I’d been randomly taking photos with my Nikon that’s been around my neck for a LOT of miles. As a precaution, I had purchased a spare battery. Well, right about this time - yep, the Nikon dies and I’m about to do my stop in Ohio.



Ohio Service Plaza. Service? Naah...​


I’d chosen to do this as it was time to eat. Seems like my body finally figured out that at least something in me once a day isn’t such a bad thing. As I pass the sign, I note that one of the vendors is a bagel place. Now, right about now, a toasted bagel with peanut butter sounded really good. I pull in, walk inside (did I remind you of the time drain at these places? It’s okay now, my ride today is almost done) and head for the bagel shop.

The snooty female at the register says that the man in front of me is her last customer.

“But it’s twenty till closing”

I’m sorry, but we need time to clean up.

You’ve GOT to be sh!tting me! It seems the plaza’s restaurants close at 8pm.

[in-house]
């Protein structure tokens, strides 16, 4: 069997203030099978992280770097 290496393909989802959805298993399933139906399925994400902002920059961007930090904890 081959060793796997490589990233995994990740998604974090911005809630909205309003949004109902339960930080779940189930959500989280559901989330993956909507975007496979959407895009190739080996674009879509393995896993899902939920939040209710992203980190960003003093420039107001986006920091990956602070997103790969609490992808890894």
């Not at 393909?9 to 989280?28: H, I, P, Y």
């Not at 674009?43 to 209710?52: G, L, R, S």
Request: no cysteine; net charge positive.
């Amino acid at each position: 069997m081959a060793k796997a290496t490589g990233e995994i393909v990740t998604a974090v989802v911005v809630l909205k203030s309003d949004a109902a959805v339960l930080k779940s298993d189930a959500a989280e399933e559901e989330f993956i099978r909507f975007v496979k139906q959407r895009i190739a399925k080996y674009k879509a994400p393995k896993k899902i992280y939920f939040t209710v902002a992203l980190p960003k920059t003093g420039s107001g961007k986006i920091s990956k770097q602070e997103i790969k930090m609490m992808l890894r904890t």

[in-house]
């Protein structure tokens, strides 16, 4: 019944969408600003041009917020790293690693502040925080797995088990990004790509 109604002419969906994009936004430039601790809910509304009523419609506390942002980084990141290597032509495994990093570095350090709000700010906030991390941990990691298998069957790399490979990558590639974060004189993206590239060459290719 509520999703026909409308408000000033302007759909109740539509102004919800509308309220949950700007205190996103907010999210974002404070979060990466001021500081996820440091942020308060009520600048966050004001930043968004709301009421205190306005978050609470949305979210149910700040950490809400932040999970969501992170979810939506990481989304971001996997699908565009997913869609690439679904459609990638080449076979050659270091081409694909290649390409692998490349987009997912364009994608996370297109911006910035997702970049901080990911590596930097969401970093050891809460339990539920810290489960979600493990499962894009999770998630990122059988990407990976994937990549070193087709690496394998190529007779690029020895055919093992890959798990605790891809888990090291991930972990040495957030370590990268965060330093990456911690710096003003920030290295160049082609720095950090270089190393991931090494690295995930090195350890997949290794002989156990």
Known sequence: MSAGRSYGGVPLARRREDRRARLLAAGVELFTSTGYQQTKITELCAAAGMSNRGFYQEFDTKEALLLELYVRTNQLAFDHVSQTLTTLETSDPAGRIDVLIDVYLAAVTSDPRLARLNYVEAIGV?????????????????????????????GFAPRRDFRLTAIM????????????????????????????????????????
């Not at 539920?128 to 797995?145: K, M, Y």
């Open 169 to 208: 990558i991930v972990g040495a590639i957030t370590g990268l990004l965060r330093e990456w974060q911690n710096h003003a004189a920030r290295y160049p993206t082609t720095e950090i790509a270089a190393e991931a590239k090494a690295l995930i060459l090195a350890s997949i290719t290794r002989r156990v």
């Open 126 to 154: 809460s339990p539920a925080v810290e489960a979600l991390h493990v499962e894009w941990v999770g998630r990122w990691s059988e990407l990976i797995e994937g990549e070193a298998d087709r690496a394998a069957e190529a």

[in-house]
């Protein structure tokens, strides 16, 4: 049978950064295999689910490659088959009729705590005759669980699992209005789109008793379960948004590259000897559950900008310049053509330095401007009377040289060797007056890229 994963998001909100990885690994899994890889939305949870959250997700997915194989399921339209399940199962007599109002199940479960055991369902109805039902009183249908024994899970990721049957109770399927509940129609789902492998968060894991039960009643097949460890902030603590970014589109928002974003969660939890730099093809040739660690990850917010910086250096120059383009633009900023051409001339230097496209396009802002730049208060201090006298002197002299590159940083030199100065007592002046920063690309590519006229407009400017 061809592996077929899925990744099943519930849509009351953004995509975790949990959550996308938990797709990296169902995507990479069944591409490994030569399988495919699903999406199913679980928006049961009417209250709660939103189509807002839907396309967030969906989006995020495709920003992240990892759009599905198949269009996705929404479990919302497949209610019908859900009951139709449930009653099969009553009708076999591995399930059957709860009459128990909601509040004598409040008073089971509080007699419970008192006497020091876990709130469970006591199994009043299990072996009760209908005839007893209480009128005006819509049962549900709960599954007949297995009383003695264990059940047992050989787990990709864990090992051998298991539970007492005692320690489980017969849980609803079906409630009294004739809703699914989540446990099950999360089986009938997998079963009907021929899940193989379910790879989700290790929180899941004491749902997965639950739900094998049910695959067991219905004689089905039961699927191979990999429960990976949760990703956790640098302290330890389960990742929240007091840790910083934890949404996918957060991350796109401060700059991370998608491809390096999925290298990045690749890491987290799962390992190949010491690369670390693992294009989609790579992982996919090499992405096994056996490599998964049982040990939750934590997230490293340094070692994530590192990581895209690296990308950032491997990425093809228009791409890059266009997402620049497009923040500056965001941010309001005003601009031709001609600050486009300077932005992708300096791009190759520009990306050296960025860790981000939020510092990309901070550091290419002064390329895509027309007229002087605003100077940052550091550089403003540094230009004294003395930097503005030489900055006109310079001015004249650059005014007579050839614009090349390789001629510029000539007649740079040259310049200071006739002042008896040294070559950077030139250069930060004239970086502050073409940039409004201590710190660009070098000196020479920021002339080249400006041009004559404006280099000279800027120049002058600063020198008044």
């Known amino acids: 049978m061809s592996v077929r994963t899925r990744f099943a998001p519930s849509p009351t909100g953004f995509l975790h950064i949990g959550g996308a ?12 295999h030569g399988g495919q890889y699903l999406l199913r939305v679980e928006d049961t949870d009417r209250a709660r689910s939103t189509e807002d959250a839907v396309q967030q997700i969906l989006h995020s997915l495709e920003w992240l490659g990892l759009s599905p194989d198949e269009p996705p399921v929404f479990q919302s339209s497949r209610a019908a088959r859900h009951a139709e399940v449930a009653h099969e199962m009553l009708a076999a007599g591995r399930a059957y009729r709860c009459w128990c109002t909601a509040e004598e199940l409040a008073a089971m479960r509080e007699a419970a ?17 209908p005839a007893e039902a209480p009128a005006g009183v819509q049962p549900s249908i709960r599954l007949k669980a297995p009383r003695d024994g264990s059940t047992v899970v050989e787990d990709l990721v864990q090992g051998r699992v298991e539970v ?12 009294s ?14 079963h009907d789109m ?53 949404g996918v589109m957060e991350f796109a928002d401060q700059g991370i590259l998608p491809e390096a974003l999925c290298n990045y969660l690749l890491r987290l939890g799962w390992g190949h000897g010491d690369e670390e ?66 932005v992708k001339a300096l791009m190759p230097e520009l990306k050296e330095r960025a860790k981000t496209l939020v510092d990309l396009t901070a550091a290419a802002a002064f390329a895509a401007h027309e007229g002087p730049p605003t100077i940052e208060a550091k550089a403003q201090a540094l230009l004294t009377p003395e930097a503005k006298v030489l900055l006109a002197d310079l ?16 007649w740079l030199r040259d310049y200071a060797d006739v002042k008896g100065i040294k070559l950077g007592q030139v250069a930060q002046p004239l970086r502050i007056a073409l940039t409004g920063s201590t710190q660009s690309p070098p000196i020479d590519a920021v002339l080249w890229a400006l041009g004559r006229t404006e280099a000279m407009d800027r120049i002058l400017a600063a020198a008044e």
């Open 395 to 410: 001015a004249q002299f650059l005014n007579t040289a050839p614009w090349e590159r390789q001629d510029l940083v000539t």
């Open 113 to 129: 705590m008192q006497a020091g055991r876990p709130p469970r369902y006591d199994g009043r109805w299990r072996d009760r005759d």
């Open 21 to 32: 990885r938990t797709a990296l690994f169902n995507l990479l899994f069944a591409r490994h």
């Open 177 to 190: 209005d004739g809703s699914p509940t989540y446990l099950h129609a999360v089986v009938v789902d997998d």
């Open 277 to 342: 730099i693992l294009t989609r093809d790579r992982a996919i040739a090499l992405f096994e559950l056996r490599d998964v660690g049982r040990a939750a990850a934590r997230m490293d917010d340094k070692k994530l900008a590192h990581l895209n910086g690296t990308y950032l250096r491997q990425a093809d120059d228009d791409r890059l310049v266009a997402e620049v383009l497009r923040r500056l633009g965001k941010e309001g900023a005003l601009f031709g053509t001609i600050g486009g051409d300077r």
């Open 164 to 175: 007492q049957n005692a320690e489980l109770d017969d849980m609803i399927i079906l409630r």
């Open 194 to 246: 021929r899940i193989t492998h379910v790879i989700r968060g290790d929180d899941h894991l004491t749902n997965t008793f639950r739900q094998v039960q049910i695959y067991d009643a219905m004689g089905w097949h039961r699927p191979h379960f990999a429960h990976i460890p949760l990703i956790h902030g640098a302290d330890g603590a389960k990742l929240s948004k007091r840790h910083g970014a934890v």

I do NOT want a burger; the only other place appealing was a common chain pizza joint found in malls and airports. I’m not a big fan of over-sweet cinnamon rolls, so that establishment was crossed off the list - ugh!

Semi-warmed cheese pizza was a letdown, after I had my heart set on that bagel.



8pm closing? What - nobody travels after 8pm around here?? It's still light out!​


Back on the bike, get enough fuel to make it to my motel. An hour and a half later, I’m there. Around 4055 miles in four days. At the time I couldn’t keep track of time to save my soul, but upon review, in four days, I’d only lost a couple of hours - not including the time I’m ‘losing’ as a result of east time zone crossings.



Building layout very odd, but hey it's a place to stop moving for a bit.​


Did the same drill of calling home, cleaning up and getting some rest. My call home was quite short... In fact, I can sleep in a bit, if my body let’s me - it’s in the plan!
 
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kwthom

Rider
Premier Member
IBA Member
#10
Great recap to date Ken. I think I stopped at the same Wyoming gas station; although, they all start looking alike after a period of time.
Sure...probably a lot of other common stops along the way - since the route(s) were amended from what others have done in the past.

Stock Goldwing has a bit less range, and I'm okay with the stop every three hours limitation that provides.